Roasted Eggplant Salad with Coconut-Lime Vinaigrette

Another vegetarian cookbook, you say?  The husband brought this cookbook home last month as a surprise from Market Hall, our favorite European-styled market in the neighborhood.  Also the only one.

You may remember Mollie Katzen from your dog-eared copy of The New Moosewood Cookbook (1977). You also may not have opened this cookbook for a decade, as you have moved to lighter fare rather than the hearty vegetarian fare of that disco decade. Katzen shares in this lighter approach to her recipes--and in a lovely article from The New York Times, she reveals her recent interest in the simpler way of cooking (she even admits one of her favorite things to eat is a pairing of cut peaches and tomatoes whose juices are sopped up with good bread). Certainly Katzen has been publishing a multitude of cookbooks since 1977, but it is nice to have one of her new cookbooks in hand.

This cookbook is definitely not twee. You'll find nothing precious here: asparagus with ginger and soy; root vegetable stew; macaroni and cheese (with some additions such as caramelized onions, roasted cauliflower, or spinach and mushroom); simple vegetable mashes. As is to be expected, though, Katzen does produce some unusual combos--for example lasagnas with no sauces to bind them (only cheese), green beans with edamame and peas atop baked potatoes with cheese, and blueberry rice. However, I come to Katzen not for fine dining but good, everyday fare, and this cookbook does not disappoint.

I chose this recipe even though it is the wrong season for eggplant--even in California we're on the tip of the tail end of eggplant season. However, I couldn't resist the combination of veggies, coconut, lime, and mint. Mostly because I like coconut milk.

A lot.

But it's not often that I cook with it. What, with the sheer amount of saturated fat, coconut milk is a special treat for me. Its richness comes with a price--coconut milk packs a punch of 445 calories and 48 grams of fat (43 grams saturated) per cup. Thankfully, this recipe calls for only 3 tablespoons of coconut milk, and Katzen recommends freezing the leftover coconut milk in an ice cube tray for later consumption, which I have done. Further, you can opt for the "Lite" version of coconut milk (which cuts the calories and fat down by 2/3).  However, coconut milk does come loaded with plenty of fancy vitamins and minerals, including magnesium, manganese, phosphorus, and potassium. Apparently, these things are good for strengthening bones, calming nerve cells, and regulating blood sugars.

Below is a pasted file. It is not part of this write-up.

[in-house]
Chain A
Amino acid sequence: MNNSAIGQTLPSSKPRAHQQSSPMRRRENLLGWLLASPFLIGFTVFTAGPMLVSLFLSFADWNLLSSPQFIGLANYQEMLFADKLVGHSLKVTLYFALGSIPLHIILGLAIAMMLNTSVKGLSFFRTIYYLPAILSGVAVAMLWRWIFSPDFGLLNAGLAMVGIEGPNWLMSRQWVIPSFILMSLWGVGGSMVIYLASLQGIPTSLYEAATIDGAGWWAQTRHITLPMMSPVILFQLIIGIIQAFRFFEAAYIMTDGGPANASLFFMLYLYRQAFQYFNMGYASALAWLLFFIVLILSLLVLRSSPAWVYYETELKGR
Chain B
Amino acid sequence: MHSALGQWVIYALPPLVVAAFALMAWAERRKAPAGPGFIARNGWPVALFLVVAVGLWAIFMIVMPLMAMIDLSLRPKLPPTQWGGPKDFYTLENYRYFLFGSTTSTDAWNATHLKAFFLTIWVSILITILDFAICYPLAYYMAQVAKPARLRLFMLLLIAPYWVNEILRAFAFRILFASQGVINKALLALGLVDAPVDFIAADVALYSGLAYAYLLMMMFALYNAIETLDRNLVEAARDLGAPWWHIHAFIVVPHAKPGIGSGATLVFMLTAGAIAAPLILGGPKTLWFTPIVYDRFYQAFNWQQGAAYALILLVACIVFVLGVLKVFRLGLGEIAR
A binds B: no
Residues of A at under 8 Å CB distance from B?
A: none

But the truth is, I just like how sweet, cool, and heavy it is.

A few notes:  it turns out, I did not have enough peanut oil, so I mixed in some sesame oil (and added some sesame seeds to the top of the salad), and I really liked the mellow nuttiness of the peanut oil next to the load announcement of the sesame oil. Katzen also suggests peeling the eggplant, should you find yourself with a large globe eggplant rather than the smaller Japanese eggplants. Further, she recommends cherry tomatoes (I had regular ones) and an assortment of bell pepper colors. I went with red.

These are the kinds of crazy choices and substitutions a cook needs to make on a weeknight. Okay, okay, Katzen would approve--for her recipes are not fussy and neither should we be.

But let's face it, the star really is the coconut milk. All other notes are mere palaver.

Roasted Eggplant Salad with Coconut-Lime Vinaigrette
Adapted from  Mollie Katzen's The Heart of the Plate

Serves 2 (main dish)

Nonstick cooking spray
1½ pounds eggplant, peeled if large and cut into ½-inch cubes
Coconut-Lime Vinaigrette (below)
1 small cucumber, diced
1 small bell pepper (any color--I used red), diced
Handful of cherry tomatoes, halved or quartered if large
About 10 fresh mint leaves, minced
Sesame seeds (optional)
3 Tbsp fresh lime juice
3 Tbsp coconut milk (reduced fat or regular)
1/2 tsp salt
1 1/2 tsp agave nectar, honey, or sugar
5 Tbsp peanut, sesame, or grapeseed oil*
Sesame seeds or chopped peanuts (optional) for garnish

*Grapeseed oil will have the most neutral flavor.  I made this with a blend of peanut and sesame oil and it was delightful.

1. Preheat the oven to 400°F, with a rack in the center position. Line a baking sheet with parchment paper or foil and spray it with nonstick spray. Arrange the eggplant pieces on the baking sheet and roast for 15 minutes. Use tongs or a small metal spatula to loosen and turn the pieces, then roast for another 15 to 20 minutes, until the eggplant pieces are tender and somewhat shriveled.

2.  Make the vinaigrette while the eggplant is cooking:  Combine the lime through sweetener (agave, honey, or sugar) in a small bowl or a jar with a lid.  Whisk or shake until thoroughly blended.  Drizzle in the oil, whisking as you go or shaking halfway through, until it is fully incorporated.  Place ¼ cup of the vinaigrette in a shallow dish large enough to hold the eggplant.

3. Remove the baking sheet from the oven, sprinkle the eggplant lightly with salt, then transfer the still-hot eggplant directly to the vinaigrette in the dish. Let it sit and absorb as it cools to room temperature.

4. Stir in the cucumber, bell pepper, and tomatoes, along with another 2 tablespoons or so of the vinaigrette. Cover and refrigerate for at least 1 hour and up to 2 days. Serve cold or at cool room temperature, stirring the mint leaves in immediately before serving, and topping with a light sprinkling of peanuts or sesame seeds, if desired. 


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